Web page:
4 editions published in 2018 in English and held by 23 WorldCat member libraries worldwide

Using administrative wealth records from Denmark, we study the effects of wealth taxes on wealth accumulation. Denmark used to impose one of the world’s highest marginal tax rates on wealth, but this tax was drastically reduced and ultimately abolished between 1989 and 1997. Due to the specific design of the wealth tax, these changes provide a compelling quasi-experiment for understanding behavioral responses among the wealthiest segments of the population. We find clear reduced-form effects of wealth taxes in the short and medium run, with larger effects on the very wealthy than on the moderately wealthy. We develop a simple lifecycle model with utility of residual wealth (bequests) allowing us to interpret the evidence in terms of structural primitives. We calibrate the model to the quasi-experimental moments and simulate the model forward to estimate the long-run effect of wealth taxes on wealth accumulation. Our simulations show that the long-run elasticity of wealth with respect to the net-of-tax return is sizeable at the top of distribution. Our paper provides the type of evidence needed to assess optimal capital taxation
The hidden wealth nations : the scourge of tax havens by Gabriel Zucman( )

5 editions published in 2015 in English and held by 18 WorldCat member libraries worldwide

We are well aware of the rise of the 1% as the rapid growth of economic inequality has put the majority of the world's wealth in the pockets of fewer and fewer. One much-discussed solution to this imbalance is to significantly increase the rate at which we tax the wealthy. But with an enormous amount of the world's wealth hidden in tax havens-in countries like Switzerland, Luxembourg, and the Cayman Islands-this wealth cannot be fully accounted for and taxed fairly. No one, from economists to bankers to politicians, has been able to quantify exactly how much of the world's assets are currently hidden-until now. Gabriel Zucman is the first economist to offer reliable insight into the actual extent of the world's money held in tax havens. And it's staggering. In The Hidden Wealth of Nations, Zucman offers an inventive and sophisticated approach to quantifying how big the problem is, how tax havens work and are organized, and how we can begin to approach a solution. His research rev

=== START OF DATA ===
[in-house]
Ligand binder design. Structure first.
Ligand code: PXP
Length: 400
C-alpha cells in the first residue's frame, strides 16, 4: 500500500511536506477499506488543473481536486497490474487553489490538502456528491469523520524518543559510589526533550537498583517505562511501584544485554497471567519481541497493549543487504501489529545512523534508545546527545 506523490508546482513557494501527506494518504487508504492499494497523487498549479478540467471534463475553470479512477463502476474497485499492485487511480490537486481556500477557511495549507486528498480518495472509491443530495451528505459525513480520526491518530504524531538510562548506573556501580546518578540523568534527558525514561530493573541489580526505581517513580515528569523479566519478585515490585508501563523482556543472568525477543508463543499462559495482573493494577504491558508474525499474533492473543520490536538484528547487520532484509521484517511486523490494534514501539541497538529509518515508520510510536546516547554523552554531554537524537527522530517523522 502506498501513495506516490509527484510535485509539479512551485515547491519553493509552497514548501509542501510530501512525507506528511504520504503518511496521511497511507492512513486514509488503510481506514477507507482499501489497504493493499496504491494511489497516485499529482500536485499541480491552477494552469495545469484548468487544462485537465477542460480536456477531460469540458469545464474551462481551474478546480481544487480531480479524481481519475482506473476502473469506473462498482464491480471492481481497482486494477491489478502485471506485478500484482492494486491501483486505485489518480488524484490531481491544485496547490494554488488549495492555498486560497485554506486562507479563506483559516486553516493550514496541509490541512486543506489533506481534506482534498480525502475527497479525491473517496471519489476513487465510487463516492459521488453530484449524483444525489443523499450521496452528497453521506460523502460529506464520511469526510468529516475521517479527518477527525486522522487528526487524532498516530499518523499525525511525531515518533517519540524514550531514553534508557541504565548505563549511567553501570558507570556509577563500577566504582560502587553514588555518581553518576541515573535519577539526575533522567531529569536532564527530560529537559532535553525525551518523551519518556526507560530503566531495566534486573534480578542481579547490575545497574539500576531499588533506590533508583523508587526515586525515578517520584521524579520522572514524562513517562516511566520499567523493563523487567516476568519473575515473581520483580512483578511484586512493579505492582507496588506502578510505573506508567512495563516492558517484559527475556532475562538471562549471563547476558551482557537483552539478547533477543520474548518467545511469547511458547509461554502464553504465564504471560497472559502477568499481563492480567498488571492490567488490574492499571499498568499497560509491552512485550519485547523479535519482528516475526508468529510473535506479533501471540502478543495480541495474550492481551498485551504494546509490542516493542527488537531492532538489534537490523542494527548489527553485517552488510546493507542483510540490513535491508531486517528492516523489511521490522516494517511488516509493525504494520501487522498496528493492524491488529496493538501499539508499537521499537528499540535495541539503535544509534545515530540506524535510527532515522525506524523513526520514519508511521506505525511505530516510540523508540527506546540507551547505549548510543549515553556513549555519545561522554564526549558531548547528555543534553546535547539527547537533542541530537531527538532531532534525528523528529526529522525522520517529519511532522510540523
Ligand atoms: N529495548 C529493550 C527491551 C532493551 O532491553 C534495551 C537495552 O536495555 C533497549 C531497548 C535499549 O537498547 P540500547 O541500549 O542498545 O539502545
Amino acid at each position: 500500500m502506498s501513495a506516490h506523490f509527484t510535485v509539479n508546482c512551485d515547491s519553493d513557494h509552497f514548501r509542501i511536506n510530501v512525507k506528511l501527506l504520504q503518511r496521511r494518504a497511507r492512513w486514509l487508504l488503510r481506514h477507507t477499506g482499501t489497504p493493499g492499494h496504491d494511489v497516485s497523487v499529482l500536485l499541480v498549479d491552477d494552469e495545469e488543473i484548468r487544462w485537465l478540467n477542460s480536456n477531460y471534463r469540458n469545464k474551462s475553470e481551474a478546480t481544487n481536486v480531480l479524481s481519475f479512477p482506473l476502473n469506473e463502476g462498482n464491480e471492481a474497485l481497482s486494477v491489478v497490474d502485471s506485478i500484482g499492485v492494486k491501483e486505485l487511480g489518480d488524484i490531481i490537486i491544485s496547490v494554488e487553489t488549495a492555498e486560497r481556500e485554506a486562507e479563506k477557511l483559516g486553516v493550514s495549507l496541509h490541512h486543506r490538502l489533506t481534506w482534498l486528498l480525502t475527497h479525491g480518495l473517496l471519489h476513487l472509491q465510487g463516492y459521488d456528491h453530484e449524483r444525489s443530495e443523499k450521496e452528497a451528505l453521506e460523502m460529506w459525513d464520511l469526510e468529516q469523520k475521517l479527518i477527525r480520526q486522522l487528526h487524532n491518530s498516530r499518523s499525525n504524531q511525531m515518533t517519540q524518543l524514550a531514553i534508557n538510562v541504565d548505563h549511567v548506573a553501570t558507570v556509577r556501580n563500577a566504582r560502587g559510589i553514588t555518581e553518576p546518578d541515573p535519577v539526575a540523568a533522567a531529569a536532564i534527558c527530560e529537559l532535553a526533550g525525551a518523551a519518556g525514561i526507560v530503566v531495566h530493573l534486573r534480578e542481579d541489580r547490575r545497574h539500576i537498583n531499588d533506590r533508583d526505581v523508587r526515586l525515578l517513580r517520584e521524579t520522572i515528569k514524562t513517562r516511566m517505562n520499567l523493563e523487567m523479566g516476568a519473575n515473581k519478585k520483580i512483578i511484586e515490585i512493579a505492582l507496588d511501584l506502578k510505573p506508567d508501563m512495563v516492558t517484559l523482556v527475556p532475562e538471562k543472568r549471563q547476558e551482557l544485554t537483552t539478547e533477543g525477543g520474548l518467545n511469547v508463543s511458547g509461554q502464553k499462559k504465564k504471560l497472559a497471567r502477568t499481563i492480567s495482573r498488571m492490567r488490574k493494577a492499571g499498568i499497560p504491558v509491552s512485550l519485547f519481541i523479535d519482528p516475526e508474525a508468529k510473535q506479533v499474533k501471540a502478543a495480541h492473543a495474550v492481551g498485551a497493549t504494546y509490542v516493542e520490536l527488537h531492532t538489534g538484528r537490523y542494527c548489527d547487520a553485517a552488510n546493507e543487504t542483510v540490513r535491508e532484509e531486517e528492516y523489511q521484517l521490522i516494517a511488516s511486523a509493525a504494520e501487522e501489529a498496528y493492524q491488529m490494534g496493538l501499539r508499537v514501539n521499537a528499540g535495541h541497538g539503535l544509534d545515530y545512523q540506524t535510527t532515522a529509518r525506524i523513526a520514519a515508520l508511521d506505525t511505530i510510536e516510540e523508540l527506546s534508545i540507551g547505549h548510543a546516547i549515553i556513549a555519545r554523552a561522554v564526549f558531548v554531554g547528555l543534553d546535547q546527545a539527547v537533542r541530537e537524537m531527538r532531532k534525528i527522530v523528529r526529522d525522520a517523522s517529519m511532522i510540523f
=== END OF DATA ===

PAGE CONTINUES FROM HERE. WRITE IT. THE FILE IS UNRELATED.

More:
The missing profits of nations by Thomas R Tørsløv( )

2 editions published in 2018 in English and held by 15 WorldCat member libraries worldwide

By combining new macroeconomic statistics on the activities of multinational companies with the national accounts of tax havens and the world's other countries, we estimate that close to 40% of multinational profits are shifted to low-tax countries each year. Profit shifting is highest among U.S. multinationals; the tax revenue losses are highest for the European Union and developing countries. We show theoretically and empirically that in the current international tax system, tax authorities of high-tax countries do not have incentives to combat profit shifting to tax havens. They instead focus their enforcement effort on relocating profits booked in other high-tax countries -- in effect stealing revenue from each other. This policy failure can explain the persistence of profit shifting to low-tax countries despite the high costs involved for high-tax countries. We provide a new cross-country database of GDP, corporate profits, trade balances, and factor shares corrected for profit shifting, showing that the global rise of the corporate capital share is significantly under-estimated
La riqueza oculta de las naciones : investigación sobre los paraísos fiscales by Gabriel Zucman( Book )

5 editions published in 2014 in Spanish and held by 10 WorldCat member libraries worldwide

En los paraísos fiscales se oculta, como mínimo, la fabulosa cantidad de 6 billones de euros, que suponen un robo a los estados de unos 130.000 millones de euros en impuestos. En este libro directo y revelador, Gabriel Zucman rastrea todo ese dinero oculto y propone las vías de solución para acabar con este escándalo, con lo que se podría generar una prosperidad que los gobiernos declaran imposible y niegan a sus ciudadanos
 
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WorldCat IdentitiesRelated Identities
Alternative Names
Gabriel Zucman economista francés

Gabriel Zucman Frans econoom

Gabriel Zucman französischer Wirtschaftswissenschaftler, Hochschullehrer und Autor

Gabriel Zucman French economist

주크만, 가브리엘 1986-

ガブリエル・ザックマン

ズックマン, ガブリエル

ズックマン, ガブリエル 1986-

加布里埃尔·祖克曼